KANE, BOB (1916–1998), U.S. comic book creator. Born in New York City with the surname Cahn, he attended Cooper Union and the Art Students League before entering the comics field. His first strips, Peter Pupp and Hiram Hick, were published in 1936. In 1938, while he was drawing adventure strips for National Comics, a comic book hero named Superman appeared. Kane's boss asked him and his high-school classmate, Bill Finger, then a shoe salesman, to come up with a Supercompetitor. They developed Batman, which came out in May 1939 in Detective Comics, the successor to National. Batman the Caped Crusader was not as strong as Superman, but he was much more agile, a better dresser, and had more sophisticated technological contraptions. He lived in the Batcave with his "ward," Robin the Boy Wonder, drove the Batmobile, which had a crime laboratory and a closed-circuit television in the back, and owned a Batplane. In creating Batman, really a man named Bruce Wayne, a wealthy socialite, Kane said he drew on a number of sources: a 1920s movie, The Mark of Zorro, a radio show called The Shadow, and a 1930 movie called The Bat Whispers. As Batman's popularity increased – there was a television series, Batman movies, toys, and costumes – over the years, Kane did less and less of the drawing. Although his name appeared on the strip until 1964, the work was done mostly by other artists. According to a recollection-tribute by Jerry Robinson, who was a writer during the creation of Batman, Kane and Finger, like himself and the creators of Superman, came from middle-class Jewish families beset by the Depression. Bruce Wayne, he wrote, "is rich, handsome and equipped with a butler, the Batmobile and an array of seductive women. That, of course, represented our ultimate fantasy." The fantasy proved to be universal. Batman was soon speaking Greek, Arabic, and Japanese, among other languages. In 1966 Kane turned to children's television cartoons and in his last years he devoted himself to Batman paintings and lithographs for collectors.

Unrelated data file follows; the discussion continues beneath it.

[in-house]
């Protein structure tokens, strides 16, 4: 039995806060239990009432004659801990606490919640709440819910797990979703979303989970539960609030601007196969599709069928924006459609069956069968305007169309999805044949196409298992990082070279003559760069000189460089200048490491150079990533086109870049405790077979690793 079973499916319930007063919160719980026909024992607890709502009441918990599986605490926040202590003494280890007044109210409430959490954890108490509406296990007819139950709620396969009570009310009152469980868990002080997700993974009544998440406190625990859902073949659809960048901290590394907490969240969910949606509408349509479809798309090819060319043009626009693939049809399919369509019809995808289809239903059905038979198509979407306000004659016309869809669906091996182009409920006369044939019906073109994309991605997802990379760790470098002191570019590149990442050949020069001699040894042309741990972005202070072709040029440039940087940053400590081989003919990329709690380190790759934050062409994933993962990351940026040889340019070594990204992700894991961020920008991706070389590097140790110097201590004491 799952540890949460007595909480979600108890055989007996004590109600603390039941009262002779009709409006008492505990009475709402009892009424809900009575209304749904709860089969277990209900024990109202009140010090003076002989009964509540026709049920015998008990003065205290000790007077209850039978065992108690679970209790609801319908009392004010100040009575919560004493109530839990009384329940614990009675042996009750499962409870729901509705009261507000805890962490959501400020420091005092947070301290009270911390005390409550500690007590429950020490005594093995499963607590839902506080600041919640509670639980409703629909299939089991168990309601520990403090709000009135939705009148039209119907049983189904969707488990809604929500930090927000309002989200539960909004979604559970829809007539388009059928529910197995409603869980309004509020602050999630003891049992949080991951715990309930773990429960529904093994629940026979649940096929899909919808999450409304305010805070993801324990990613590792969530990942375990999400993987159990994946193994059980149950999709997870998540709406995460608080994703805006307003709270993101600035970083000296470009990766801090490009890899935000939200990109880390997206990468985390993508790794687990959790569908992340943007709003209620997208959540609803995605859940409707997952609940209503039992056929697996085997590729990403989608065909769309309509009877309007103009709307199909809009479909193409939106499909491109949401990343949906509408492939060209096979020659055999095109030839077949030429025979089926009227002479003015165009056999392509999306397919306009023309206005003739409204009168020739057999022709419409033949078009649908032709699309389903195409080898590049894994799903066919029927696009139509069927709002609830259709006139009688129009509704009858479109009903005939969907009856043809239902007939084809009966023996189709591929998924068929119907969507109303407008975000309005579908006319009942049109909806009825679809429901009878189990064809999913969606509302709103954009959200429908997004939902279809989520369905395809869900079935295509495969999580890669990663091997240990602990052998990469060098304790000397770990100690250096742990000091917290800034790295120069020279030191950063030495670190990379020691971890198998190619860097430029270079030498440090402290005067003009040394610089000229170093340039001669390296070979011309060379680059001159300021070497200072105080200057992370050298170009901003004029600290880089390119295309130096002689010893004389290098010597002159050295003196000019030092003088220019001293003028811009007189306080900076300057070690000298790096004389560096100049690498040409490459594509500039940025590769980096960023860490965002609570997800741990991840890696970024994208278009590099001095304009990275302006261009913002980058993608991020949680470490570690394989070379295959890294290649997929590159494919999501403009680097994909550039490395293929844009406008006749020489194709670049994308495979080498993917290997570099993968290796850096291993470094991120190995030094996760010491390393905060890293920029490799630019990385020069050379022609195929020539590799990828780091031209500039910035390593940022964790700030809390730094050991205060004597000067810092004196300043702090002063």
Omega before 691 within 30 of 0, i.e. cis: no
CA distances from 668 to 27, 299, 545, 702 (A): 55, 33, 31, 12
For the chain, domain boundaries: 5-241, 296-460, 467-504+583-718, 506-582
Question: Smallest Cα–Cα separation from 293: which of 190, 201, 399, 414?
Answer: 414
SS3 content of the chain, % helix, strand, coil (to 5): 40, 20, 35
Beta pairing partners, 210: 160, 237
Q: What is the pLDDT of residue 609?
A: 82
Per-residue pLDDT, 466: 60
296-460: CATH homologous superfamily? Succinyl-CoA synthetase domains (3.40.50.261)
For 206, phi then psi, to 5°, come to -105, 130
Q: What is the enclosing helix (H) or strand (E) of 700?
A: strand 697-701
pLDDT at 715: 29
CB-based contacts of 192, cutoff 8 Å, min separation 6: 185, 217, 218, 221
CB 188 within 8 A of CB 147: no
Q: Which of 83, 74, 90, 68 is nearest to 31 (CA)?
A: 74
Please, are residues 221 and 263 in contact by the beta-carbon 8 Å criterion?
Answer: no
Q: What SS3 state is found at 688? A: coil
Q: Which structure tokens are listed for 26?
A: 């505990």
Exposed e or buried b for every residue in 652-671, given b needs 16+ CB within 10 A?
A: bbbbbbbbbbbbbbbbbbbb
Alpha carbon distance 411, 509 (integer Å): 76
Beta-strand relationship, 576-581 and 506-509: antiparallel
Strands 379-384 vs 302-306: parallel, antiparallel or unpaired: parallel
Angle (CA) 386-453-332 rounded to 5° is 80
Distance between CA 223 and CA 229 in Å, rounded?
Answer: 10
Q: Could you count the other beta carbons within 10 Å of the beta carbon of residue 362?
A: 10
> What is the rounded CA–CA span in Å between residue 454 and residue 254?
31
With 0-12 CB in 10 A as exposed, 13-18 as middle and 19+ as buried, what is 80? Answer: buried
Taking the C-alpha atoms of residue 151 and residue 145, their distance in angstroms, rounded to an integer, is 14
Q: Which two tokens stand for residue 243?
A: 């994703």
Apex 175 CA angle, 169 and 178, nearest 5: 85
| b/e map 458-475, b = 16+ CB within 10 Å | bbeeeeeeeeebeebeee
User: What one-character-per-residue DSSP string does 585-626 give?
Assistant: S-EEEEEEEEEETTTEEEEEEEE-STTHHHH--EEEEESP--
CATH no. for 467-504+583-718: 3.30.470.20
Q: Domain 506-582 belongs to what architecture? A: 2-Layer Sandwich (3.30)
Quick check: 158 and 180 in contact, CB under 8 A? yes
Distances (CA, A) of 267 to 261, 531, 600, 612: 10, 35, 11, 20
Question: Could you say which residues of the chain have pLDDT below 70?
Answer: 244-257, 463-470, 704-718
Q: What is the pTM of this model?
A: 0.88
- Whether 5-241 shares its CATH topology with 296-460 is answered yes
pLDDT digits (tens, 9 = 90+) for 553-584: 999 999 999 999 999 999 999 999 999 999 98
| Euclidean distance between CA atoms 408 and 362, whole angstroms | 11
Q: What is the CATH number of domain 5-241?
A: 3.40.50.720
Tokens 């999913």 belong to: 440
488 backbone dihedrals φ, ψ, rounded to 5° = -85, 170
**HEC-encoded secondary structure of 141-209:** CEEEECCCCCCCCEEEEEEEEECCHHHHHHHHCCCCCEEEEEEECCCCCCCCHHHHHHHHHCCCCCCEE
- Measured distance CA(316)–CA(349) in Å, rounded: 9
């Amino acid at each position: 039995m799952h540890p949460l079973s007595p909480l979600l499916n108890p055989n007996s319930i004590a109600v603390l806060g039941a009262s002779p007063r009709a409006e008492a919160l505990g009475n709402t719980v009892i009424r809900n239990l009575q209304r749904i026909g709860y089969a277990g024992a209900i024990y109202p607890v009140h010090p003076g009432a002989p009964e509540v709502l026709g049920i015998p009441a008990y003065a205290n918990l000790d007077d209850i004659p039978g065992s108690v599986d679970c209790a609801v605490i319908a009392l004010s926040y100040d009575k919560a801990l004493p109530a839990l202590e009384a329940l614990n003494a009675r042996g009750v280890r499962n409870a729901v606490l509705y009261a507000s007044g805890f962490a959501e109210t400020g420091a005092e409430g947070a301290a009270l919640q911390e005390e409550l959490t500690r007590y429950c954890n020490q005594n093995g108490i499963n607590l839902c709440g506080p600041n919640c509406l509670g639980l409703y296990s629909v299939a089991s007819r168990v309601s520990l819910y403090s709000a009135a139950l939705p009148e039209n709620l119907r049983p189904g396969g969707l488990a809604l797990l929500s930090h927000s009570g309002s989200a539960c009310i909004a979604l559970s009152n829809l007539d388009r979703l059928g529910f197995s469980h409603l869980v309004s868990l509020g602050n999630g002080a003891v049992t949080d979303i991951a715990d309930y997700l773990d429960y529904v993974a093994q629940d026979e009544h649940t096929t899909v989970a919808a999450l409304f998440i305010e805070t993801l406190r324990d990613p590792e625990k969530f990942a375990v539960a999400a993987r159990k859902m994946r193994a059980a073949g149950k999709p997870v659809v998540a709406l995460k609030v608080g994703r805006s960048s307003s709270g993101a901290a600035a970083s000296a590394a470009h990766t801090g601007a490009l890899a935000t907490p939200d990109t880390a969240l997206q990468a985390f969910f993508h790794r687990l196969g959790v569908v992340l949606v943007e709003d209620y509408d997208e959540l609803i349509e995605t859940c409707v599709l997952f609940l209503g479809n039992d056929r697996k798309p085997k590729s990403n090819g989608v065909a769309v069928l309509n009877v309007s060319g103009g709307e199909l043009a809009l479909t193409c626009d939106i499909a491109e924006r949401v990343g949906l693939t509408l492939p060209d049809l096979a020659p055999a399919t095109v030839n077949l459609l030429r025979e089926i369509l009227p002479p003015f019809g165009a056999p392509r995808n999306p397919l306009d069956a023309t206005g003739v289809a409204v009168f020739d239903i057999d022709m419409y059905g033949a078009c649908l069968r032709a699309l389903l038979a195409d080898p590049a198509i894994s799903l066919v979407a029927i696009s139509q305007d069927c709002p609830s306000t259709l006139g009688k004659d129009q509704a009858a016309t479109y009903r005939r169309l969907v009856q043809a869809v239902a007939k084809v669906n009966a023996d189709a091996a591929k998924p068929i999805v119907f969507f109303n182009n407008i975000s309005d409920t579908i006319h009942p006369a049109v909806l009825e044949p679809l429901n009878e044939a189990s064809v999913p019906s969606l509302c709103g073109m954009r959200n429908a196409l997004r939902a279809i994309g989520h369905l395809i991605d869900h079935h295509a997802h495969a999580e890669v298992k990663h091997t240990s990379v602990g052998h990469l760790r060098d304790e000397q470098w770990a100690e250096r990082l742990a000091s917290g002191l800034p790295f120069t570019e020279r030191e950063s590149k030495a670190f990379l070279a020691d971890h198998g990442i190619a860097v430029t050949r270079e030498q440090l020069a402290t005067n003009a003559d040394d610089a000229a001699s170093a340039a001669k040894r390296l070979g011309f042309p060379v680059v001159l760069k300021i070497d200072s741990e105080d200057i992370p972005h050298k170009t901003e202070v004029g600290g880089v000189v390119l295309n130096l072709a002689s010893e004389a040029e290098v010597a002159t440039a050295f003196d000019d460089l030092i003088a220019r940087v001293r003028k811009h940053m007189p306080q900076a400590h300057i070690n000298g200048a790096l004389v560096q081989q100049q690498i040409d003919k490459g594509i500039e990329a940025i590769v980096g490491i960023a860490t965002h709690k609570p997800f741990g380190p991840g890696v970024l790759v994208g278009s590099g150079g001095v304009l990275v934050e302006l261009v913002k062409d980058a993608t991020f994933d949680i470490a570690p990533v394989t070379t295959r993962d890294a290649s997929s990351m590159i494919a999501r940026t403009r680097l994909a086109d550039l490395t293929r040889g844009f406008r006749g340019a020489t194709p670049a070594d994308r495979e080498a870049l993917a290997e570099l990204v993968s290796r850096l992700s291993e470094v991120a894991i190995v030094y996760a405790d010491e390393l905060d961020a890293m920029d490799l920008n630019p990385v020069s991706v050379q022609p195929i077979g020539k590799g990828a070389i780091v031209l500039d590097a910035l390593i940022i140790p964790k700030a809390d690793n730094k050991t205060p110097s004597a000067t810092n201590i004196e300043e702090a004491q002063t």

[Stewart Kampel (2nd ed.)]